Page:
The Cost of Resistance
Physician practices may be lagging behind hospitals when it comes to implementing clinical coding software.
The Cost of Resistance
Physician practices may be lagging behind hospitals when it comes to implementing clinical coding software. The hesitation to do so is costing them not only efficiency in coding, but reimbursements withheld due to avoidable errors. Computer assisted coding software essentially acts like spell-check in a Word document: it runs the information input by the coder through a database of possibilities, and can alert the coder if they have made a mistake, or, if additional documentation could potentially code the chart to a higher specificity. This leads to a bigger reimbursement and a bigger payout to the physician.
So, why are practices resisting the new technology? The short answer is, upfront cost. Even though there have been demonstrated benefits to ROI with the use of computer assisted coding, some physician practices are still hesitant to make the move, especially now that ICD-10 has been pushed back a year.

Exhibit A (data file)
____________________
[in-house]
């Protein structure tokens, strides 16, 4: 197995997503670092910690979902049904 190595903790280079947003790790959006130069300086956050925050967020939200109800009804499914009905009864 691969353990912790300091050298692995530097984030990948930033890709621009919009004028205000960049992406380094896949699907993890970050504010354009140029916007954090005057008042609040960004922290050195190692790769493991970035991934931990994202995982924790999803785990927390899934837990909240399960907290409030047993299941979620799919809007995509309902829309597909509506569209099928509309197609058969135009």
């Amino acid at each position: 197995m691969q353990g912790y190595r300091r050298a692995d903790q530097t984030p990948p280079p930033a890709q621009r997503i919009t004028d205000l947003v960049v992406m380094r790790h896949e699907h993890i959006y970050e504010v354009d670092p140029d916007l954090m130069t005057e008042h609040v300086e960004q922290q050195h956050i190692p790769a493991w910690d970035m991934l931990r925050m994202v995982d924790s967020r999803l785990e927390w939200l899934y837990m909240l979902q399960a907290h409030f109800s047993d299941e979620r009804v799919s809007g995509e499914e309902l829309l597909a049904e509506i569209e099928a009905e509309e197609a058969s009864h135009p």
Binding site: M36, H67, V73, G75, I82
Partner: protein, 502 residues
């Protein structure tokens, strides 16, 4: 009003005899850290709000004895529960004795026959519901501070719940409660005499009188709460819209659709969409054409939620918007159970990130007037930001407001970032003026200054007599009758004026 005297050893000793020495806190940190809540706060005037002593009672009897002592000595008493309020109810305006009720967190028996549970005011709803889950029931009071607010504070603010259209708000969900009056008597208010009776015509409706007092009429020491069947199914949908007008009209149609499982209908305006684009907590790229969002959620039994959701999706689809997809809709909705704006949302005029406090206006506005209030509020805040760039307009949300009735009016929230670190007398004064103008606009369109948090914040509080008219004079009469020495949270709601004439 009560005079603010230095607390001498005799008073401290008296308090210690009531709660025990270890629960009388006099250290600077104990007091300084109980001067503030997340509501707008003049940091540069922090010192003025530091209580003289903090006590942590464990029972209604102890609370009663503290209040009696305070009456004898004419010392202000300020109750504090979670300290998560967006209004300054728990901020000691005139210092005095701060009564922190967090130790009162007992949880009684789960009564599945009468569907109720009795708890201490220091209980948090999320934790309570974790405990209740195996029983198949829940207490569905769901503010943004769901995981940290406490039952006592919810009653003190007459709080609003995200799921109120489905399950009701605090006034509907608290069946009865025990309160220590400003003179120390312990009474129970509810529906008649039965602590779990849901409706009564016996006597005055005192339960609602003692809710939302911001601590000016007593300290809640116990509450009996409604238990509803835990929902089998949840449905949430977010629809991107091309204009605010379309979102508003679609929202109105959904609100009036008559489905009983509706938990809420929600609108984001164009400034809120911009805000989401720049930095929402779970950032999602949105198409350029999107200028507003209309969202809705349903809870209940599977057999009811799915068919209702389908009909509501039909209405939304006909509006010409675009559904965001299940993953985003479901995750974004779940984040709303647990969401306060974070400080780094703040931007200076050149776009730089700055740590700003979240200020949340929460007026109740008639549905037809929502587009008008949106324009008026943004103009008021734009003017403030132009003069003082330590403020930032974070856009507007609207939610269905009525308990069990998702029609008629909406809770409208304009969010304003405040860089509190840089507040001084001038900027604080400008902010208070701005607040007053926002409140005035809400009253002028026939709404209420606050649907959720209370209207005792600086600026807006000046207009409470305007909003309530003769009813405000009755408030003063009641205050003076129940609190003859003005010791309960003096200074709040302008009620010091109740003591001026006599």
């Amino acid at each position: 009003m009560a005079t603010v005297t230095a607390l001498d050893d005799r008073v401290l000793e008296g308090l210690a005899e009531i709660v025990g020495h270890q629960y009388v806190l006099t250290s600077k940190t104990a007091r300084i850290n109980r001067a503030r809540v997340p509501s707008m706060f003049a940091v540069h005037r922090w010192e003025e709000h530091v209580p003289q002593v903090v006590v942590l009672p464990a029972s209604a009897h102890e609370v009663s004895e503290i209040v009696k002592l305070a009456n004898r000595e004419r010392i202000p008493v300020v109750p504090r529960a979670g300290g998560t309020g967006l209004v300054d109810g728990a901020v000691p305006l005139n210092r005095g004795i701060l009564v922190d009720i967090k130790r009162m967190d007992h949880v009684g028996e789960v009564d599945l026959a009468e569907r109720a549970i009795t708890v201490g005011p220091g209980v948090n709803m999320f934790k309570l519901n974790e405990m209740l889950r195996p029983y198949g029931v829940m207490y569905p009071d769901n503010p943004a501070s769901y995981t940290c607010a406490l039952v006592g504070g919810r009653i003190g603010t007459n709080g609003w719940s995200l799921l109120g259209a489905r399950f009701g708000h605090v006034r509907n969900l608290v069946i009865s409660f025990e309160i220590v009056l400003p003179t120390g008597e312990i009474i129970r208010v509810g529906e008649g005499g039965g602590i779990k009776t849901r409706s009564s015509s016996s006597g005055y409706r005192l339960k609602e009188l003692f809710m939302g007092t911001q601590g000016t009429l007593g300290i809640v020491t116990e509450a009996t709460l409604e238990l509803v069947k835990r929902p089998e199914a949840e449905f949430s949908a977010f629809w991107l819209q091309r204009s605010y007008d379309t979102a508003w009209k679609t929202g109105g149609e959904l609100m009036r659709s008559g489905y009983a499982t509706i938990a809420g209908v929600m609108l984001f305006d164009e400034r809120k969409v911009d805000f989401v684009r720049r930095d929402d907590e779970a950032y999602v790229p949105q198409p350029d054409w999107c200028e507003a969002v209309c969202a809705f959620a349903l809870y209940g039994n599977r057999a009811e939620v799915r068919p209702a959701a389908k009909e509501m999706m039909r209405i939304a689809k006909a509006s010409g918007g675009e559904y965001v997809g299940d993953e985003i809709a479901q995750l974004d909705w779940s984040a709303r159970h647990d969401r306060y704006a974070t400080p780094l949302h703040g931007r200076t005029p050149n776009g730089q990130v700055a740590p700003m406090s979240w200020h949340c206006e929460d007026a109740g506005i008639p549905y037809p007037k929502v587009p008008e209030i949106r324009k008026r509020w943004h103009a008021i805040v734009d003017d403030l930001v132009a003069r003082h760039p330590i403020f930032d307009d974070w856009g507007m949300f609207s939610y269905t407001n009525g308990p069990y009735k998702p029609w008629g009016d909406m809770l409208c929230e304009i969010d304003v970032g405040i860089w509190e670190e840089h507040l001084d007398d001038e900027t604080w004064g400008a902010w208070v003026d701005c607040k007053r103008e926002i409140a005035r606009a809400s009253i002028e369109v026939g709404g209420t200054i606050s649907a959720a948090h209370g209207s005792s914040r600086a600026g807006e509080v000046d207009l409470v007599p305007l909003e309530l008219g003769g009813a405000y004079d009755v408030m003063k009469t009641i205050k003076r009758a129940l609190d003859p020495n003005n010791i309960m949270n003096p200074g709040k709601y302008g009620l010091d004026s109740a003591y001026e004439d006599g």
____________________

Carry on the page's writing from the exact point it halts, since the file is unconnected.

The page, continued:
Audits Have Slowed; The Perfect Time to Optimize Your Clinical Coding?
The success of a practice is directly correlated with their use of coding technology. With more efficiency and accuracy, the potential for greater reimbursements and fewer audits is a reality that most practices can’t afford to lose out on.
Within the last six months, there has been a suspension of Recovery Audit Contractors (RACs) requests for audits. Previously, the RACs were able to take back an overwhelming number of physician reimbursements because of coding errors; many of which could have been prevented by the automated error checking system of coding software assistance.
Even though the RACs are on hold for now, physician practices that resist technology won’t be able to keep up with the demands of payers—especially when ICD-10 finally makes it’s way into the day to day lives of medical billers and coders.
Coding Optimization Challenges and Drawbacks
That being said, coders and physicians need to be mindful of documentation challenges. Computer assisted coding can make it very easy to “upcode” – especially if the documentation supports it. But, if that physician is audited, and the medical decision-making really doesn’t back up the diagnosis, they will likely face tough crackdown from the auditor. This fear weighs so heavily on physicians’ minds that they often document in such a way that actually ends up costing them reimbursements that they are entitled to.
This balance is hard to achieve, but computer assisted coding can help practices and their coders strive to achieve balance.